ans = 3 24

## ESTIMATE THE SENSOR RESPONSIVITIES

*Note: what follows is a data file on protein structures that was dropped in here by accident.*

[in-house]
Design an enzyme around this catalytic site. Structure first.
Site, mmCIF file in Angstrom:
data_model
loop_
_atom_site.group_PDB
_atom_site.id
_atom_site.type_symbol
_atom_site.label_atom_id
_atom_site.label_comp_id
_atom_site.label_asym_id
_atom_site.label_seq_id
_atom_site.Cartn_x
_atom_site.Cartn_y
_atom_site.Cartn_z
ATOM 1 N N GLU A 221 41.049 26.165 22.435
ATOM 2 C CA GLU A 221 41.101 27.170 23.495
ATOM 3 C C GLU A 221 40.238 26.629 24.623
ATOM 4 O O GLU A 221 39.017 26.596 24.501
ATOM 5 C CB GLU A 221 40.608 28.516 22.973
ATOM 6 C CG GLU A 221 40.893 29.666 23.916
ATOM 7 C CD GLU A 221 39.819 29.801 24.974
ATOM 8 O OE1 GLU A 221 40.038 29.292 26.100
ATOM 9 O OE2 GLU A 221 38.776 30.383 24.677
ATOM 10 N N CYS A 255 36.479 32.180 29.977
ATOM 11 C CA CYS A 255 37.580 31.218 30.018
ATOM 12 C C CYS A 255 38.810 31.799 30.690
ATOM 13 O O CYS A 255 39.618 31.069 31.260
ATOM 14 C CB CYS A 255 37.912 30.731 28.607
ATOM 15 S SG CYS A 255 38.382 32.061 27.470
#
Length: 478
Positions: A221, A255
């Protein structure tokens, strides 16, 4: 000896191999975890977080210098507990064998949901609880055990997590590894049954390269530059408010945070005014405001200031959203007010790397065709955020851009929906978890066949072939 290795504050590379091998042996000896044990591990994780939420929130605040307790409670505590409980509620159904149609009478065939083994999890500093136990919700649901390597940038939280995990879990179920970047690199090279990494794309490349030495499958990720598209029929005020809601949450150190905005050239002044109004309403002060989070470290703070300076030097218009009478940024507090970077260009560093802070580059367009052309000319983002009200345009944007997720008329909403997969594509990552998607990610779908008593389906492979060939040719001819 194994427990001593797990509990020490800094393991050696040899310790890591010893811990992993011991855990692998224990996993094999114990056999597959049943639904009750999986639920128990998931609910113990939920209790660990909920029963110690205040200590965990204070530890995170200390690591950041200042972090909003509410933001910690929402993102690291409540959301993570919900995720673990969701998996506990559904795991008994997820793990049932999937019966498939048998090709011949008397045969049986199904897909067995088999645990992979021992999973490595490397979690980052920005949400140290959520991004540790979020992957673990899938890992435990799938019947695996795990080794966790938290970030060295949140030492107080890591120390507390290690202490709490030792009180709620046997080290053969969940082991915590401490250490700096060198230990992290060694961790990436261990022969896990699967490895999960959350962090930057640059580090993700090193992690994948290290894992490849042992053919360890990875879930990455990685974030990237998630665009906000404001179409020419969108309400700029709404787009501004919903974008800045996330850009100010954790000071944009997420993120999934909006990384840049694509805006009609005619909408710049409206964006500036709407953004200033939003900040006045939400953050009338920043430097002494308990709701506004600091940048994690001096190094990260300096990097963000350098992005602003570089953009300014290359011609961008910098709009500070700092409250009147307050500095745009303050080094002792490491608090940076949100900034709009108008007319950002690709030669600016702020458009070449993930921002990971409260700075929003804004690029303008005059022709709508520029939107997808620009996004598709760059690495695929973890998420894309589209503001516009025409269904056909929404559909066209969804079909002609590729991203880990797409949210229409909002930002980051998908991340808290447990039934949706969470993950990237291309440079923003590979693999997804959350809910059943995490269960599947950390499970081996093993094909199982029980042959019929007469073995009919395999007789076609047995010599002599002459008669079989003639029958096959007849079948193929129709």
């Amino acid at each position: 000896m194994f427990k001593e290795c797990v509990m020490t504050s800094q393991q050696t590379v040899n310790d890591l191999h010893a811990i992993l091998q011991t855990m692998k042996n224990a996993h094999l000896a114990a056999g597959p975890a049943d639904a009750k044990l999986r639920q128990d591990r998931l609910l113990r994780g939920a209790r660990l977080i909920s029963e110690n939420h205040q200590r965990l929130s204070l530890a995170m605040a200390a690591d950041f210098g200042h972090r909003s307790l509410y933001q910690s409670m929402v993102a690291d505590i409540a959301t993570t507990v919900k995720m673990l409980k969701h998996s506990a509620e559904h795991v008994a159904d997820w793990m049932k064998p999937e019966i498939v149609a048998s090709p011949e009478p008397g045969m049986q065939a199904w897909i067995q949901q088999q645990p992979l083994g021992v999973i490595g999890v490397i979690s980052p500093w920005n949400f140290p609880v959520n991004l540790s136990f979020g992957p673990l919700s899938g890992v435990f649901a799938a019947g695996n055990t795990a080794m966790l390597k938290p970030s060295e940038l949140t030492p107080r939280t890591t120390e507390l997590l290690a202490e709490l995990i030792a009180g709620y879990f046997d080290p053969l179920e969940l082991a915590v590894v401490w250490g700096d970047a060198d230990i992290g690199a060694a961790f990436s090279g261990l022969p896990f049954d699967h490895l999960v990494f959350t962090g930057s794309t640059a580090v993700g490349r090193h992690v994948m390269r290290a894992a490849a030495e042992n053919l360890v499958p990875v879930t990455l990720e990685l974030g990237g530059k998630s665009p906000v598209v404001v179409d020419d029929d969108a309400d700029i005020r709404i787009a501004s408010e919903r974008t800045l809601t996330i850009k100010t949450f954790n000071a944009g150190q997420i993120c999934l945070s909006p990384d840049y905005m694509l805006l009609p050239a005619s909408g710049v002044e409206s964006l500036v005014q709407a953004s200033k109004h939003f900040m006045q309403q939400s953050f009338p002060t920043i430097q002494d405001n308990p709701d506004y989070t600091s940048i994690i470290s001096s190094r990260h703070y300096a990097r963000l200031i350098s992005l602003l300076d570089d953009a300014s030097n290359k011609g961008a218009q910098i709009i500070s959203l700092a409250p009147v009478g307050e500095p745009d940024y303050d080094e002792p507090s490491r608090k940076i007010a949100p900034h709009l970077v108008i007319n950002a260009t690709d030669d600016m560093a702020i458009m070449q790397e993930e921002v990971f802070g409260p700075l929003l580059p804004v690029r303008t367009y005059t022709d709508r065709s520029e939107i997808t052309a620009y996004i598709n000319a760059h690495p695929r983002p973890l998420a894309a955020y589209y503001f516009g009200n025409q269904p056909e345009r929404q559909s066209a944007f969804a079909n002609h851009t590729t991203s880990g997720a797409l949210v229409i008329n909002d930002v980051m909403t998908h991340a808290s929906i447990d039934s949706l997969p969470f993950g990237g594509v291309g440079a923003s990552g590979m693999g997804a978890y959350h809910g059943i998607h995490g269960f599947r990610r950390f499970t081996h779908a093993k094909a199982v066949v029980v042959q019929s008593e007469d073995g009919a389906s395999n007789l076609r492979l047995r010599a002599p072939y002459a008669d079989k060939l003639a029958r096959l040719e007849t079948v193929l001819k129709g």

% Suppose that we didn't know the spectral properties of the scanner. How % could we estimate the wavelength tuning of the sensors in the scanner by % making a set of measurements? We might be able to measure the scanner % illuminant directly, just by opening the box during the scan. So, % figuring out the illuminant should be pretty easy. % Given the illuminant is known, how do we estimate the properties of the % camera sensors? We need to measure how the sensors respond to a % calibrated target, like the Macbeth color-checker. If we know the % illuminant, then we can calculate the spectral signals arriving at the % sensors. We have calcuclated them already above as "spectral_signals." % In general, we know that the rgbResponses are equal to % rgbResponses = scanner'*spectral_signals % Given that we know the spectral_signals and the rgbResponses and we want % to estimate the scanner. It might be helpful to draw a matrix tableau of % what this equation represents. You will see that there are more unknowns % than there are linear equations. Hence, it is impossible to estimate the % scanner sensitivity uniquely from these measurements. But, we can % measure that part of the scanner sensitivity that falls within the column % space of the spectral signals. We do this by calculating the % "pseudo-inverse" of the matrix spectral_signals. estimate = (rgbResponses*pinv(spectral_signals))'; plot(wavelength,estimate(:,1),'r', ... wavelength,estimate(:,2),'g', ... wavelength,estimate(:,3),'b') grid on xlabel('Wavelength'), ylabel('Responsivity') title('Estimated sensor responses') % Notice that even for this computational example, the estimates are not % perfect: there are noticeable differences between them and the original % sensors. But, the estimated sensors predict the responses perfectly. rgbPred = estimate'*spectral_signals; plot(rgbPred(:),rgbResponses(:),'o') grid on % Suppose we had fewer measurements samples. How well would we % have done on the estimation? l = 1:5:24; estimate = (rgbResponses(:,l)*pinv(spectral_signals(:,l)))'; plot(wavelength,estimate(:,1),'r', ... wavelength,estimate(:,2),'g', ... wavelength,estimate(:,3),'b') grid on xlabel('Wavelength'), ylabel('Responsivity') title('Estimated sensor responses') % The new estimates are worse. We might also ask how well the new % estimates to in predicting the full set of responses, that is the % responses to the surfaces not in the list, l. rgbPred = estimate'*spectral_signals; plot(rgbPred(:),rgbResponses(:),'o') xlabel('Predicted rgb'); ylabel('Measured rgb'); grid on % Try adding in some measurement noise to create a new estimate. % randn('seed',0); n = 10*randn(size(rgbResponses)); sig = max(0,rgbResponses + n); estimate = (sig(:,l)*pinv(spectral_signals(:,l)))';